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Few surprises in 2018 Africa presidential poll

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By FRED OLUOCH
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Eight African countries held presidential elections in 2018, with almost predictable outcomes where most incumbents were re-elected. There were a few opposition wins though.

Very few elections led to violence despite widespread complaints of intimidation and rigging by the incumbents.

The year began with a major development in South Africa, where the ruling African National Congress recalled president Jacob Zuma over corruption or what was known as “state capture.”

Mr Zuma was succeeded by Cyril Ramaphosa, who beat former African Union Commission chairperson Nkosazana Dlamini-Zuma. Ramaphosa, 65, was formerly Zuma’s deputy president.

The once-troubled Sierra Leone led the way when Julius Maada Bio won the elections in a run-off against ruling party candidate, Samura Kamara.

Bio — who briefly headed a military junta in 1996 after ousting Valentine Strasser —won with 52 percent on the Sierra Leone People’s Party ticket against Mr Kamara’s 48 percent running under the ruling All People’s Congress.

It was a smooth transition where outgoing president, Ernest Bai Koroma, handed over.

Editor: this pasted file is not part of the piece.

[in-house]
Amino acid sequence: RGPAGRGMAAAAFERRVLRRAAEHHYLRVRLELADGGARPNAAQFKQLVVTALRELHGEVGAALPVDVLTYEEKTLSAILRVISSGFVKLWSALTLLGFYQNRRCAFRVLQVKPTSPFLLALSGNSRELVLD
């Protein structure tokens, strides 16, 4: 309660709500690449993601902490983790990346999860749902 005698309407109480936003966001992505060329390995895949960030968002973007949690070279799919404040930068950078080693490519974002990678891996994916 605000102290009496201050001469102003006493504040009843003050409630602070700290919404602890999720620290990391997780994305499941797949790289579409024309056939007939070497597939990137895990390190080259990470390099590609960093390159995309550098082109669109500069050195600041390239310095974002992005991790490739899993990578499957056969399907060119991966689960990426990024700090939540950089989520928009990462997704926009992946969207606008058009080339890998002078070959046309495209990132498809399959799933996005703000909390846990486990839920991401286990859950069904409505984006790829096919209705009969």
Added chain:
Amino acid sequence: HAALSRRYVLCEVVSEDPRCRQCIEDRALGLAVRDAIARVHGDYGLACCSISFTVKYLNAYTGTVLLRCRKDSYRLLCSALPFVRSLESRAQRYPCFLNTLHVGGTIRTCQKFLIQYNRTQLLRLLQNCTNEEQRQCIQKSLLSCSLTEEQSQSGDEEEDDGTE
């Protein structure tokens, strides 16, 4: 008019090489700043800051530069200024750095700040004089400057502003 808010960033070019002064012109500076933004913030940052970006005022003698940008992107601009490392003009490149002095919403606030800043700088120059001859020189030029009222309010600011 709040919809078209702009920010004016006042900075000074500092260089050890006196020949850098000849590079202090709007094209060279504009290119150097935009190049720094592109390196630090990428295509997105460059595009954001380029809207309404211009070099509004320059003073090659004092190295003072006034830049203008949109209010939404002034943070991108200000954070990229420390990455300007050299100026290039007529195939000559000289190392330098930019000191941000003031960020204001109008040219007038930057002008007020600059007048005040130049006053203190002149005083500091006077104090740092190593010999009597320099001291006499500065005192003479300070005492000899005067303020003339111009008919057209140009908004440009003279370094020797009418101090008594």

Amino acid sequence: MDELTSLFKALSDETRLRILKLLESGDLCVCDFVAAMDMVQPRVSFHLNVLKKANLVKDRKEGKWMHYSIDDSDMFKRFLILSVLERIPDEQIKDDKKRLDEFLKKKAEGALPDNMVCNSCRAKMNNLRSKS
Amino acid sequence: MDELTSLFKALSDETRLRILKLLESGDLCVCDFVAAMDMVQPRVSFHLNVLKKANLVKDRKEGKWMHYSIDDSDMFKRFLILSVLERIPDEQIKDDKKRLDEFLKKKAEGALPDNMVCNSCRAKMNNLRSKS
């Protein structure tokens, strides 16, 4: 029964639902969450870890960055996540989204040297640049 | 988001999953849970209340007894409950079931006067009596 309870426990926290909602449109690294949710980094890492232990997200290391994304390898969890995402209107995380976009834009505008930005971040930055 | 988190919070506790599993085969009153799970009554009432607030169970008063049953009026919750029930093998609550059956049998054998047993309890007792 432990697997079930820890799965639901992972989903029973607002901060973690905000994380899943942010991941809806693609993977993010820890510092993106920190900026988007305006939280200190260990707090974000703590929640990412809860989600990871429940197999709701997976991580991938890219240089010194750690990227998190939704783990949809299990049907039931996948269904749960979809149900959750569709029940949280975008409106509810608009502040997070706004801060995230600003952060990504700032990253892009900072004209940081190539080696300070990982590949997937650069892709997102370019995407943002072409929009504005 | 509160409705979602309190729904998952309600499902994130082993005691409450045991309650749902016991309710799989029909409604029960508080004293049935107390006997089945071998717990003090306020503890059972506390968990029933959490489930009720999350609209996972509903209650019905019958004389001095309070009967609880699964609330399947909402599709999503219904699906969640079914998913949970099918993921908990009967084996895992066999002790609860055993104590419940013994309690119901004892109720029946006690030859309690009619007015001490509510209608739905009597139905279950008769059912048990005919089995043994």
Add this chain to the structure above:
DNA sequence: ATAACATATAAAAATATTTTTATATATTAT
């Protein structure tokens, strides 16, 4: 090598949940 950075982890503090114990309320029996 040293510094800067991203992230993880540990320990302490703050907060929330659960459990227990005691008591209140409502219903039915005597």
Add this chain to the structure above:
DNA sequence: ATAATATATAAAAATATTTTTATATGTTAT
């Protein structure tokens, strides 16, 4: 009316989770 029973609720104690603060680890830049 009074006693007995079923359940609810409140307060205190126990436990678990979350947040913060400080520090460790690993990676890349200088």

Sierra Leone was followed by Egypt the same month at a time when the country was experiencing a surge in terrorist attacks, especially in the Sinai region that significantly affected its tourism industry.

This was the third election since the 2011 Egyptian revolution that overthrew Hosni Mubarak, who ruled the country for 30 year.

President Abdel Fattah al-Sisi comfortably won the elections held on March 26, amid a crackdown on the civil society and the media.

President al-Sisi was facing a weak candidate, Moussa Mostafa Moussa, the chairperson El Ghad party after all the high profile contenders withdrew from the race due to intimidation and described the exercise as a “masquerade”.

In Mali, presidential elections held in July was supported by the UN Multidimensional Integrated Stabilisation Mission in Mali, which provided logistical support, transported electoral materials across the country and helped to secure the polling stations.

Malian President Ibrahim Boubacar Keita was re-elected for a five-year term after winning a landslide victory in a runoff ballot.

President Keita, 73, picked up 67.17 percent of the vote against 32.83 percent for opposition challenger and former finance minister Soumaila Cisse, 68, who also ran against Keita in 2013, the government announced. Turnout was low, at 34.5 percent.

The same month, Zimbabwe held presidential elections after the military overturned the long ruling Robert Mugabe towards the end of 2017.

Former interior minister, Emmerson Mnangagwa of Zanu-PF, who became the president in an acting capacity won the disputed elections with 50.8 percent of votes against Nelson Chamisa of MDC Alliance who got 44.3 percent.

Mr Chamisa, whose petition was dismissed by the courts, later declared himself “the people’s president”.

In October, President Paul Biya, 84, who has been in power for 36 years, was re-elected at a time when scores of people were being killed by security forces in the English-speaking southern region of Cameroon.

The separatists had declared their own country of Ambazonia, a self-proclaimed republic independent from the majority French-speaking country.



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